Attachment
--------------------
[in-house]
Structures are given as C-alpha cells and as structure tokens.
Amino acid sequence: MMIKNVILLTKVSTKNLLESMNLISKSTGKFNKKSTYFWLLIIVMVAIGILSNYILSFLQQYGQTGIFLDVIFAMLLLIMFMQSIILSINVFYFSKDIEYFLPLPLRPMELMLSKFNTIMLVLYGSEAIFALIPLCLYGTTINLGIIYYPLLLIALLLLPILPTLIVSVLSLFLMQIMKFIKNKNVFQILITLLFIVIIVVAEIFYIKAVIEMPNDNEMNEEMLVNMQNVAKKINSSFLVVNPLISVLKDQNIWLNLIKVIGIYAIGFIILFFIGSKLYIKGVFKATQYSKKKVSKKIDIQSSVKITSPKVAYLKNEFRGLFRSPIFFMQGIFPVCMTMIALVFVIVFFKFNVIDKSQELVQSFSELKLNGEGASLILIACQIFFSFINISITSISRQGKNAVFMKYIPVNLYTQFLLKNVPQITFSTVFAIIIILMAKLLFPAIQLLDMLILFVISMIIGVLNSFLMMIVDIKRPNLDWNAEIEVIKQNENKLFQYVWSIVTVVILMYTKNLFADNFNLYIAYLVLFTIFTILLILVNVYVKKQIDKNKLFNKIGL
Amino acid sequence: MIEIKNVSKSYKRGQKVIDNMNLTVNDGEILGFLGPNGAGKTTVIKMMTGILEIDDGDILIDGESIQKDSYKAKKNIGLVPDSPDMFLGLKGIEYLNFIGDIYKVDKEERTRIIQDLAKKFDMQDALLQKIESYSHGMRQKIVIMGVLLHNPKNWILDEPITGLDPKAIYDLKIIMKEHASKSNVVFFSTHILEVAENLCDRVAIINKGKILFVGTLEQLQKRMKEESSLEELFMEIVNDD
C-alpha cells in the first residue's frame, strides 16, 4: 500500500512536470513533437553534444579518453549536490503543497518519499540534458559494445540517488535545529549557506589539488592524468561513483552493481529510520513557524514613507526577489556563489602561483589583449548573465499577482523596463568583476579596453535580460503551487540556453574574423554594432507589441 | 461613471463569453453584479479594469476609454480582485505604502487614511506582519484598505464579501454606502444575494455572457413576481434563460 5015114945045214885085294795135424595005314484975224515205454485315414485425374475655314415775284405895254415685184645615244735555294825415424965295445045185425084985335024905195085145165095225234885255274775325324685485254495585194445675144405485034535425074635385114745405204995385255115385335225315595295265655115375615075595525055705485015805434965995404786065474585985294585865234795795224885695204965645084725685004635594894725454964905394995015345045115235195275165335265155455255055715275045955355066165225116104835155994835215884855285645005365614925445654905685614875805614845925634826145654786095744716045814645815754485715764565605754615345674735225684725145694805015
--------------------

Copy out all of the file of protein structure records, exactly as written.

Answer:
[in-house]
Structures are given as C-alpha cells and as structure tokens.
Amino acid sequence: MMIKNVILLTKVSTKNLLESMNLISKSTGKFNKKSTYFWLLIIVMVAIGILSNYILSFLQQYGQTGIFLDVIFAMLLLIMFMQSIILSINVFYFSKDIEYFLPLPLRPMELMLSKFNTIMLVLYGSEAIFALIPLCLYGTTINLGIIYYPLLLIALLLLPILPTLIVSVLSLFLMQIMKFIKNKNVFQILITLLFIVIIVVAEIFYIKAVIEMPNDNEMNEEMLVNMQNVAKKINSSFLVVNPLISVLKDQNIWLNLIKVIGIYAIGFIILFFIGSKLYIKGVFKATQYSKKKVSKKIDIQSSVKITSPKVAYLKNEFRGLFRSPIFFMQGIFPVCMTMIALVFVIVFFKFNVIDKSQELVQSFSELKLNGEGASLILIACQIFFSFINISITSISRQGKNAVFMKYIPVNLYTQFLLKNVPQITFSTVFAIIIILMAKLLFPAIQLLDMLILFVISMIIGVLNSFLMMIVDIKRPNLDWNAEIEVIKQNENKLFQYVWSIVTVVILMYTKNLFADNFNLYIAYLVLFTIFTILLILVNVYVKKQIDKNKLFNKIGL
Amino acid sequence: MIEIKNVSKSYKRGQKVIDNMNLTVNDGEILGFLGPNGAGKTTVIKMMTGILEIDDGDILIDGESIQKDSYKAKKNIGLVPDSPDMFLGLKGIEYLNFIGDIYKVDKEERTRIIQDLAKKFDMQDALLQKIESYSHGMRQKIVIMGVLLHNPKNWILDEPITGLDPKAIYDLKIIMKEHASKSNVVFFSTHILEVAENLCDRVAIINKGKILFVGTLEQLQKRMKEESSLEELFMEIVNDD
C-alpha cells in the first residue's frame, strides 16, 4: 500500500512536470513533437553534444579518453549536490503543497518519499540534458559494445540517488535545529549557506589539488592524468561513483552493481529510520513557524514613507526577489556563489602561483589583449548573465499577482523596463568583476579596453535580460503551487540556453574574423554594432507589441 | 461613471463569453453584479479594469476609454480582485505604502487614511506582519484598505464579501454606502444575494455572457413576481434563460 5015114945045214885085294795135424595005314484975224515205454485315414485425374475655314415775284405895254415685184645615244735555294825415424965295445045185425084985335024905195085145165095225234885255274775325324685485254495585194445675144405485034535425074635385114745405204995385255115385335225315595295265655115375615075595525055705485015805434965995404786065474585985294585865234795795224885695204965645084725685004635594894725454964905394995015345045115235195275165335265155455255055715275045955355066165225116104835155994835215884855285645005365614925445654905685614875805614845925634826145654786095744716045814645815754485715764565605754615345674735225684725145694805015